2. Avatar John says:

    I do not want the responsibility of hiring someone, training him/her, being held to certain standards that may or may not be relevant to the process in hand, concerned about any potential E&O issues that may arise, for $75 per report. Let them hire the inspector, he/she is their responsibility for errors and omissions, and free us appraisers from that liability.

  3. 1. That the Board finally enacted appropriate action against Coester nearly five years AFTER he was caught dead to rights operating an AMC in Virginia without a license or proper registration is a positive thing. Albeit akin to closing the barn door after all the horses had escaped. Thank goodness Mark Skapinetz had the intestinal fortitude to take Coester down legally in court!

    2. Holding the AMC “responsible” sounds rational on the surface, but as DWA on Facebook reported, it’s more of a de facto concession that they think bifurcated hybrids are in some way legitimate products or services. Secondly, if they hold AMCs “responsible” (whatever that means) will it be the same way they held Coester VMS “responsible” for obeying state AMC licensing laws in 2014 to present? Will it be the same way they enforced reasonable and customary fees?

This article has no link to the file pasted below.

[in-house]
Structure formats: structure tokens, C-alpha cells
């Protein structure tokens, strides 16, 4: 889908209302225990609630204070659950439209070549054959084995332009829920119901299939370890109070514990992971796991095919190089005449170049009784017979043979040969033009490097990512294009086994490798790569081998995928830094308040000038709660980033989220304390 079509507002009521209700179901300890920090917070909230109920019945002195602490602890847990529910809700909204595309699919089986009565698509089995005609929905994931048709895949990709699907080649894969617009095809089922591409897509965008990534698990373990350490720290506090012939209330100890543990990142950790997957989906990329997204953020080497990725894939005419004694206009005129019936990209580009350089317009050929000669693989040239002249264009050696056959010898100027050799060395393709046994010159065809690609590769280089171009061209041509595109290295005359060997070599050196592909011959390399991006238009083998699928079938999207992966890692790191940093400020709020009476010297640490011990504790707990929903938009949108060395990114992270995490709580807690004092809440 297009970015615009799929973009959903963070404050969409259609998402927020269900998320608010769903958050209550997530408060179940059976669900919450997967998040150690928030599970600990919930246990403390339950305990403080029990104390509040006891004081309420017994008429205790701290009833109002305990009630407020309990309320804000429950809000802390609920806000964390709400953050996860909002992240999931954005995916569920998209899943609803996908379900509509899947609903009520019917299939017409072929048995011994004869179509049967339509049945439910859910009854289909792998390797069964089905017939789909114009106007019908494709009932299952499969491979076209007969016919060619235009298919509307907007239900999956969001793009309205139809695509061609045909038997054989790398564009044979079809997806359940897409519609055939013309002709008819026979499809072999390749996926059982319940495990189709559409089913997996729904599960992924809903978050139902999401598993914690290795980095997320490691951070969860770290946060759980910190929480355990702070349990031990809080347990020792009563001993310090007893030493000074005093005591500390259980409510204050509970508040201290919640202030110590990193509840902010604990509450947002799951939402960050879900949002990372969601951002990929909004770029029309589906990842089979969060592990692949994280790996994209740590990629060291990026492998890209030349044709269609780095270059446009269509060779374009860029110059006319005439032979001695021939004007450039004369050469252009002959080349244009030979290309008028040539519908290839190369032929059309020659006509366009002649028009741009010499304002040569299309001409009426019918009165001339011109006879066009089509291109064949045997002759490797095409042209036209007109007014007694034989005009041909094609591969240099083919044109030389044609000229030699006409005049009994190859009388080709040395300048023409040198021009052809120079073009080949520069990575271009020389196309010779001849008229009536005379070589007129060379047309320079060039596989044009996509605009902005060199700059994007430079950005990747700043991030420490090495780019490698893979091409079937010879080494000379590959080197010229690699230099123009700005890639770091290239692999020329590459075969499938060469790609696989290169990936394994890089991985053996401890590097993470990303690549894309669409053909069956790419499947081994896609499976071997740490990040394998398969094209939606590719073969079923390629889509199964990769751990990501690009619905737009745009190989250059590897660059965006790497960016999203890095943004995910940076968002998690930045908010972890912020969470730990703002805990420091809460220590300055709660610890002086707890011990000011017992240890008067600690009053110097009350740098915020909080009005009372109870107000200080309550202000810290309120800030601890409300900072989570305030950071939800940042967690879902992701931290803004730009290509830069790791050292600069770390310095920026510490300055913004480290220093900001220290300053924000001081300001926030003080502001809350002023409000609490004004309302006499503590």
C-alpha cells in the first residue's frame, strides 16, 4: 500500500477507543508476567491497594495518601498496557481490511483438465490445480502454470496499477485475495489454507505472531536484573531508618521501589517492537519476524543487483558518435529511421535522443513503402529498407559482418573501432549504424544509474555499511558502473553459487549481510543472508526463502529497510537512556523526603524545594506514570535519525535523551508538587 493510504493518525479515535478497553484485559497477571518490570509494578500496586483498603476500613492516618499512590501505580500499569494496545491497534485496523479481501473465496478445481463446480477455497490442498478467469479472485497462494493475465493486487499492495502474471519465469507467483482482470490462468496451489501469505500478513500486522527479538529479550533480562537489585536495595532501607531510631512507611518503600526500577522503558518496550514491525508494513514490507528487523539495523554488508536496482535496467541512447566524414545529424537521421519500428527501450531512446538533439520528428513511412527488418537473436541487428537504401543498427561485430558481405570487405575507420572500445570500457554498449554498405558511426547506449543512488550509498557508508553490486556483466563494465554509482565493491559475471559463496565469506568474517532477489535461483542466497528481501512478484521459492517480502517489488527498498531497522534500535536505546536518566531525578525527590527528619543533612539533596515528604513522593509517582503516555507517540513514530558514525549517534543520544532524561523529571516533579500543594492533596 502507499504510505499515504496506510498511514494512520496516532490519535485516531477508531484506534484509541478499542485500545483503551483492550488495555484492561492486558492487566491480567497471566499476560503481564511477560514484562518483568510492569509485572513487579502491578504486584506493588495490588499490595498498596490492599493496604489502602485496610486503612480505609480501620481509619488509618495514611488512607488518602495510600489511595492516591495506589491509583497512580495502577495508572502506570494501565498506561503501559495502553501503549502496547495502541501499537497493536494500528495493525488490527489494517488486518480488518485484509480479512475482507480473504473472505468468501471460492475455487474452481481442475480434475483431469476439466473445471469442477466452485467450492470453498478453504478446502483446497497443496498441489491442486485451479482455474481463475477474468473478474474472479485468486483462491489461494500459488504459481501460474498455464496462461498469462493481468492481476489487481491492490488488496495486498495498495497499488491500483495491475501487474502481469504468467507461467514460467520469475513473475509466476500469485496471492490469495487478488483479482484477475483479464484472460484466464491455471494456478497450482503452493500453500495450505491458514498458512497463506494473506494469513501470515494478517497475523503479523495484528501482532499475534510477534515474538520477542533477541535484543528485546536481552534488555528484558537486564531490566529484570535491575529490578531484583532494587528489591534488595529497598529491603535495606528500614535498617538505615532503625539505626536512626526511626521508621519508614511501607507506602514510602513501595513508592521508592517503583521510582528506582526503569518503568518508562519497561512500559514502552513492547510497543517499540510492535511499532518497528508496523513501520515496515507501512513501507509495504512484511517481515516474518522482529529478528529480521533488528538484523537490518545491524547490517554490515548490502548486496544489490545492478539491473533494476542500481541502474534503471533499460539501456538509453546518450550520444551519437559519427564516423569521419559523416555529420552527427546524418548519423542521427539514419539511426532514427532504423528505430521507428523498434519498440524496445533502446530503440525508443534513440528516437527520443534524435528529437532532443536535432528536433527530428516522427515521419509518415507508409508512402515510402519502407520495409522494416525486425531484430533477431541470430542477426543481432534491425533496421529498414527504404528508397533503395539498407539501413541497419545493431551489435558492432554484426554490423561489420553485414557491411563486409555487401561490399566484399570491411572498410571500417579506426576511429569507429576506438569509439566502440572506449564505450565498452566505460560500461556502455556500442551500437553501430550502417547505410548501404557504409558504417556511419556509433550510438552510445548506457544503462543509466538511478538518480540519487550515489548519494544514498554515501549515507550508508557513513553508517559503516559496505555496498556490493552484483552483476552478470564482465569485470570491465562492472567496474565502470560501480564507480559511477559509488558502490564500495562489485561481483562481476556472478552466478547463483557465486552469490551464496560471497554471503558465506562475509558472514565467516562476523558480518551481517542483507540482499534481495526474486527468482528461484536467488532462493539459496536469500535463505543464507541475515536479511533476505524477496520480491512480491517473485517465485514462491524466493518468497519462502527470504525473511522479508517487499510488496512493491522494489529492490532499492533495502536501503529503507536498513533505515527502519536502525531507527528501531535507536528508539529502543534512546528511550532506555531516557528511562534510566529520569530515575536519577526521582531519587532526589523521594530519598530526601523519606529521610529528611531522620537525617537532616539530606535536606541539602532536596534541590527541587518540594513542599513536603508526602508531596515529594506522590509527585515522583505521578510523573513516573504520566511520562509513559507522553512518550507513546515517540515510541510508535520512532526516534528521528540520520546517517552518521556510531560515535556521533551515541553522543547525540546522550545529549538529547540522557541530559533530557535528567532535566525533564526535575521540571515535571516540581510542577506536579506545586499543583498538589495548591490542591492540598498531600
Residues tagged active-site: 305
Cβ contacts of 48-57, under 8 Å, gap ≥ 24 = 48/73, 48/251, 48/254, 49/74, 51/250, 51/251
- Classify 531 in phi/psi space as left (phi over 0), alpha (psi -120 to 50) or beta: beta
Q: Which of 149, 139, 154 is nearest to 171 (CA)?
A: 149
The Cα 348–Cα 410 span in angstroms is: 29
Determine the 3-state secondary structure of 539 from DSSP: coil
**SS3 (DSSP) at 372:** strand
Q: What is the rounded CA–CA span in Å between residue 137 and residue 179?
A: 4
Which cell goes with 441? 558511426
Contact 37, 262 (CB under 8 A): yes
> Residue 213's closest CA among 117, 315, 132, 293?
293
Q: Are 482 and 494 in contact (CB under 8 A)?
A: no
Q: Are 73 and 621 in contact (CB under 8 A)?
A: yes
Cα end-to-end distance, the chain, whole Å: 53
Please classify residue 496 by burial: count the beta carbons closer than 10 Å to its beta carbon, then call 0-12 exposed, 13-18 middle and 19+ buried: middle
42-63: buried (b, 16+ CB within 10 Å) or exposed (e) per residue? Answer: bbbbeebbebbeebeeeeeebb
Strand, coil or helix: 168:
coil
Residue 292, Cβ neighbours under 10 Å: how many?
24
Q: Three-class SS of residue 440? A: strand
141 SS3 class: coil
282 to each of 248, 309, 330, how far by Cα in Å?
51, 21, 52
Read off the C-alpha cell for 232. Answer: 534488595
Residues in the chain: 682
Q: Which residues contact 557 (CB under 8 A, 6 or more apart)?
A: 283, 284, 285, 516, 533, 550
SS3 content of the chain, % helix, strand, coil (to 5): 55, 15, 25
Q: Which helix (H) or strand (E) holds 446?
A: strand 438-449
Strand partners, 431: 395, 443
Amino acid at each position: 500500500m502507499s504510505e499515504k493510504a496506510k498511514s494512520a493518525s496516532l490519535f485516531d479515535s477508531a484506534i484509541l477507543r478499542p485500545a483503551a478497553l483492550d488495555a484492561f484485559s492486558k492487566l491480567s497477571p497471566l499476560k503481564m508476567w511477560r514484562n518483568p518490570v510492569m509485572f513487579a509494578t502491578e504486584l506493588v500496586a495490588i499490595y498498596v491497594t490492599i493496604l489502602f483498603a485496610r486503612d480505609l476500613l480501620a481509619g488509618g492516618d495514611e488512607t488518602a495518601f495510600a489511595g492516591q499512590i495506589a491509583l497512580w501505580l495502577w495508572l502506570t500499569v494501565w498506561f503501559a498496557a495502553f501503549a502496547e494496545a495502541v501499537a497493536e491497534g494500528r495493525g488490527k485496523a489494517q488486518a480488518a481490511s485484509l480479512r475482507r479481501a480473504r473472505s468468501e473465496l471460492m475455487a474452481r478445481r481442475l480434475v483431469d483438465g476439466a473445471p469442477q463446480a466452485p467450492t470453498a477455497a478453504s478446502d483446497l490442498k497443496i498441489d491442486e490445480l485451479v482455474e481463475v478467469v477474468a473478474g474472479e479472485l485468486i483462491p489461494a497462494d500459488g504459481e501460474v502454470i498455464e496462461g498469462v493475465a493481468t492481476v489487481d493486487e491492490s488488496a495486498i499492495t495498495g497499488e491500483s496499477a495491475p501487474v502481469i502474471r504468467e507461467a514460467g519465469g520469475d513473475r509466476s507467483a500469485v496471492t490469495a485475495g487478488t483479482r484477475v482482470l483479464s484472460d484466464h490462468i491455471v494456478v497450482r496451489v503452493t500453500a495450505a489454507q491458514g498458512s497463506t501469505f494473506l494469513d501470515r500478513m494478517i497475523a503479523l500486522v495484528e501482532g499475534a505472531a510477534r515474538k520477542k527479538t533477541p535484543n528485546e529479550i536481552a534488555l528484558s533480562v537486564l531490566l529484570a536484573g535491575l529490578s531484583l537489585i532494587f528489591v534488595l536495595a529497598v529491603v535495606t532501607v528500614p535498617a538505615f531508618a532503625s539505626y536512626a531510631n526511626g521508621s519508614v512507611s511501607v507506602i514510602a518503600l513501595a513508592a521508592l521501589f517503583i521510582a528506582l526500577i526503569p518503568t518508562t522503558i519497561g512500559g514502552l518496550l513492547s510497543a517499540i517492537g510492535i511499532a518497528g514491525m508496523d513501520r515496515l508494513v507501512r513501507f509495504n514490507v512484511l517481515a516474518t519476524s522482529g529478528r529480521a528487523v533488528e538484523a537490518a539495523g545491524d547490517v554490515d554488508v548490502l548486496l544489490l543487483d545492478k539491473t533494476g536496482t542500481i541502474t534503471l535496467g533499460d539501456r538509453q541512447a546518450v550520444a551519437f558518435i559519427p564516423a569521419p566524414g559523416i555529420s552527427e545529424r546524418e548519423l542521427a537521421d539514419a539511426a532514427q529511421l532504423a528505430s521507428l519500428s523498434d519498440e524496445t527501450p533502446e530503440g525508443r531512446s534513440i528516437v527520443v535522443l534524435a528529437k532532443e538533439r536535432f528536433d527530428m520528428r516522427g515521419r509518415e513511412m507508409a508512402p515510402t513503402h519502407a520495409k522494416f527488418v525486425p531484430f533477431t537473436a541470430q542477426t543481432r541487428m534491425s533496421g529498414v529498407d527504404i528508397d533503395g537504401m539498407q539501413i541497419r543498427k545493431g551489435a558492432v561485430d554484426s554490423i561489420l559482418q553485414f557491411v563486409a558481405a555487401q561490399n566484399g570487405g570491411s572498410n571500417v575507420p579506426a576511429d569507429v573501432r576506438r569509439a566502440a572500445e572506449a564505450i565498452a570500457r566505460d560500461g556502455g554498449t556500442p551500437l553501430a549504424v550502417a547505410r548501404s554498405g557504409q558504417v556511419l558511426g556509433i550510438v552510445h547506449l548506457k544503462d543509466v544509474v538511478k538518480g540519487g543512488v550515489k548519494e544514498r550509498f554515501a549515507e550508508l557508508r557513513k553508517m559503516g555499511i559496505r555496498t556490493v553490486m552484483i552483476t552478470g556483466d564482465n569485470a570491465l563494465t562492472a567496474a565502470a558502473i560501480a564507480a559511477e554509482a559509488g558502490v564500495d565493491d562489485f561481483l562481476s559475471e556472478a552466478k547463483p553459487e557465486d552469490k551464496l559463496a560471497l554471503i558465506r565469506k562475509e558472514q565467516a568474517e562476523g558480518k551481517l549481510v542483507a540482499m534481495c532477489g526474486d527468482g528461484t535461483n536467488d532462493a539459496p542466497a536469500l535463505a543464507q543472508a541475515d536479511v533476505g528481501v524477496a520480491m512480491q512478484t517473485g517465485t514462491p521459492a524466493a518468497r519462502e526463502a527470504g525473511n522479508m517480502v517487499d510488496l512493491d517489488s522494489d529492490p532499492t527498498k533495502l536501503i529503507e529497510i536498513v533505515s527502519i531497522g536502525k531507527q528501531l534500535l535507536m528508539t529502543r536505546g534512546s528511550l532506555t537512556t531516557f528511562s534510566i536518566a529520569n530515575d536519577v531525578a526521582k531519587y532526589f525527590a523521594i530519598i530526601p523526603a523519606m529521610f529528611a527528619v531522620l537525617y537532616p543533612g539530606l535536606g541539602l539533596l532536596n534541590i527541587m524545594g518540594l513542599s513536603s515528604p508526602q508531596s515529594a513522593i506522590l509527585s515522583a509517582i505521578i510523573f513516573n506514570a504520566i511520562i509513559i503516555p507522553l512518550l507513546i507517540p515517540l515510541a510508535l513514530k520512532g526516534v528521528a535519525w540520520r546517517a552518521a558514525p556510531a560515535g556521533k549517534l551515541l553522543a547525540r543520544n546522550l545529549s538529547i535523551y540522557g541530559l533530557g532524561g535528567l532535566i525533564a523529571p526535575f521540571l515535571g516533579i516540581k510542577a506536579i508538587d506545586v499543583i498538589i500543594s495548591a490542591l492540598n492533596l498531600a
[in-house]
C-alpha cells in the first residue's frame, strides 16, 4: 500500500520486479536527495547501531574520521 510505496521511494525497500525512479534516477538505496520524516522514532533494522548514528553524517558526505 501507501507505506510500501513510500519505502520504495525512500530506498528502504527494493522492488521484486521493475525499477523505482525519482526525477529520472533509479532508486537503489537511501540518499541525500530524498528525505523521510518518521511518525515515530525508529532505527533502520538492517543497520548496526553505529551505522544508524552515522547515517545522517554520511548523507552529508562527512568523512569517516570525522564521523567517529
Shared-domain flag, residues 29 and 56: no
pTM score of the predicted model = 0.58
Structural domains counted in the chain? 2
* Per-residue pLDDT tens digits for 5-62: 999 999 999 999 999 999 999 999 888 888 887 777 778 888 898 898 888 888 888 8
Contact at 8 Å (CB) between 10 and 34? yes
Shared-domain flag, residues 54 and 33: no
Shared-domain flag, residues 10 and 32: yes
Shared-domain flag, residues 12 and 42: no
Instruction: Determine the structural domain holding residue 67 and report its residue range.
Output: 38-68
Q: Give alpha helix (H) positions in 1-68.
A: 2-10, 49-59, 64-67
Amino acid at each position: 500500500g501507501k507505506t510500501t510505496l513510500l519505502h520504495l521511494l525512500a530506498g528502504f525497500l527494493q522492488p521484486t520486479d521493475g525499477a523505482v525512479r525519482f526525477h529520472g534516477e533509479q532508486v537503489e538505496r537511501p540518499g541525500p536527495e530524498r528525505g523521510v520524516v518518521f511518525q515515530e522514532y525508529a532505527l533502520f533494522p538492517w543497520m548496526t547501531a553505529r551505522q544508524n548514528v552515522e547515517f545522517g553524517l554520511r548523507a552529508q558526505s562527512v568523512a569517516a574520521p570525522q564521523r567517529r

3. At the most fundamental level, AMCs are incapable of assuring USPAP compliance in everyday appraisals. How will they do so in the much more ambiguously worded and parsed bifurcated products? It takes an open-minded appraiser to critically review hybrids for compliance. It also takes an appraiser to verify USPAP compliance but at least AMCs have a built in software crutch and CU to serve as canaries in the mineshaft. No such system exists for hybrids.